5. Clayton

    02/27/2009 at 12:42 pm

    I’d say make everything less disjointed and repetitive. All the thinkvantage applications scatter folders and icons and control panel applets everywhere, and a lot of the tools and options that are actually useful could be consolidated into fewer easier-to-use menus–There are at least three different places on my X61 tablet to adjust various tablet pen settings.

    So yea, make it clearer and less jumbled. Drop access connections–it’s really useless. :)

  6. GoodThings2Life

    02/27/2009 at 4:26 pm

    While I have never used a Lenovo system, I have used countless Dell and HP systems at companies I’ve worked for, and I’ve always hated the OEM-provided “tools”. From Dell QuickSet to HP QuickLaunch buttons to the various “Wireless Assistants” that exist, they are obnoxious and cause far more confusion than help.

    I’d prefer Lenovo (and others) spend more time focusing on providing as simple and clean a setup as possible and extend the development savings of those tools back to the customer through lower system prices. Essentially, give us back the advantage that Apple has over their systems— provide a purely clean, works out of the box configuration with and let the consumer decide what they want to add beyond that.

  7. GoodThings2Life

    02/27/2009 at 4:29 pm

    PS– After reading a couple of the comments, I would suggest that if there could be ONE TOOL that provides multiple services that is easy to use, that might be acceptable as long as it doesn’t conflict with the advice above (works out of the box). In other words, I should still be able to remove it and not lose functionality.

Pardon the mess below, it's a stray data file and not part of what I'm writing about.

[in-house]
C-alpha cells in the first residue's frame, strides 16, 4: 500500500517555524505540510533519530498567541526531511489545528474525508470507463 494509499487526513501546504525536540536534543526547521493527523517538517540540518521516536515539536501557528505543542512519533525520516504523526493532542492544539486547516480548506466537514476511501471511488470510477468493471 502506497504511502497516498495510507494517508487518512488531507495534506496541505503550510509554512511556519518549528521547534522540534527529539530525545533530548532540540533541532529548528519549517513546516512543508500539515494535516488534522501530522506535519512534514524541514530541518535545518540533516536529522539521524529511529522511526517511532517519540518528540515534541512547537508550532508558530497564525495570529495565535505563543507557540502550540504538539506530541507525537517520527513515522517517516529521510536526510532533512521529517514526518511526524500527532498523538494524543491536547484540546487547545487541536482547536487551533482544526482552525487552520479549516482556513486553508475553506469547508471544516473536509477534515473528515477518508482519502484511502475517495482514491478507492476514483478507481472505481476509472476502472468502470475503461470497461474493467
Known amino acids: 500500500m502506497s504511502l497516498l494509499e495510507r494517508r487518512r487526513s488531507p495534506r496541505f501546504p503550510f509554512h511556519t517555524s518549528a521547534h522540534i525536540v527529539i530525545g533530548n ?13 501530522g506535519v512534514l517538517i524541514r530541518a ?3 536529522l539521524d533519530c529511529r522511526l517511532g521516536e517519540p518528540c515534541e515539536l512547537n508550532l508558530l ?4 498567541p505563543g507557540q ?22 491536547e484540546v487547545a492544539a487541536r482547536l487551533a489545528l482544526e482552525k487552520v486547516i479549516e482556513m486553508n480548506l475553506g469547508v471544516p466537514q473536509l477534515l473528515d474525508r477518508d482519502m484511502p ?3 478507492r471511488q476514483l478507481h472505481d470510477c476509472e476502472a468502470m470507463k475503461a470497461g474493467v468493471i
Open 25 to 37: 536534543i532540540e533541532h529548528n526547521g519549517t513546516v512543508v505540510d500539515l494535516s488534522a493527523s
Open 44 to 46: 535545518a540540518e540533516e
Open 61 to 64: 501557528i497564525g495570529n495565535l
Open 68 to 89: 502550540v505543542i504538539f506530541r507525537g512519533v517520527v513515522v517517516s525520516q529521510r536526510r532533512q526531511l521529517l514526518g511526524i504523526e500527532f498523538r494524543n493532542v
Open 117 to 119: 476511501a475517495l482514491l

8. Sam

    02/27/2009 at 7:36 pm

    I agree with most of the comments on the lenovo blogs page – please keep System Update around, and invest more resources into it, particularly servers – it takes ages just to download the damn update index file before it shows me the updates! It would be nice if the initial progress bar is more informative too – right now it freezes when it is downloading an update to System Update itself.

    As for the others – I usually remove them on client computers, with the exception of the battery widget, and presentation director (and Access Connections, because it screws with things if you get rid of it, but that might be an XP thing).

  9. Ben

    02/28/2009 at 9:03 am

    Oh my god, I can’t even described how much i hate the included crapware on PCs. PLEASE do not make your useless ‘tools’ lenovo (or anyone else). Windows already does it, and does it better than you. Your stupid crapware is a pain to install, uses system resources, and adds no value. Yet we’re forced to install your crapware just so we can use the buttons! Just make 1 driver that lets us use the ‘advanced’ features of our computer and that’s it! Focus on making the hardware; focus on making a computer where the bezel plastic doesn’t crack and break after 1 year of very gentle use (my x61t).

  10. Michael

    03/01/2009 at 1:20 am

    As a beta tester on an x61 touchscreen, the one thing that I can’t get to work yet is the fingerprint reader…

  11. Ben

    03/01/2009 at 10:16 pm

    @Michael: in windows 7? try the UPEK drivers, straight from the fingerprint reader maker (i think): If you install them, you don’t need to use the thinkvantage fingerprint software at all. it’s basically built into windows 7.

  12. Snowii

    03/04/2009 at 3:26 am

    giup: try to install “Lenovo System Interface Driver” I think I had similar problems when doing my last “selective” reinstall and that one turned out to be quite crucial for the functions you’re describing.

    Alson no need for the magnifier… that doesn’t affect anything…

    And as of my preferences… I think Win7 is quite capable of dealing with pretty much everything on its own so no real need for special apps… just do couple of light menus so we can still use all the Fn functions and I’d be more than happy! :)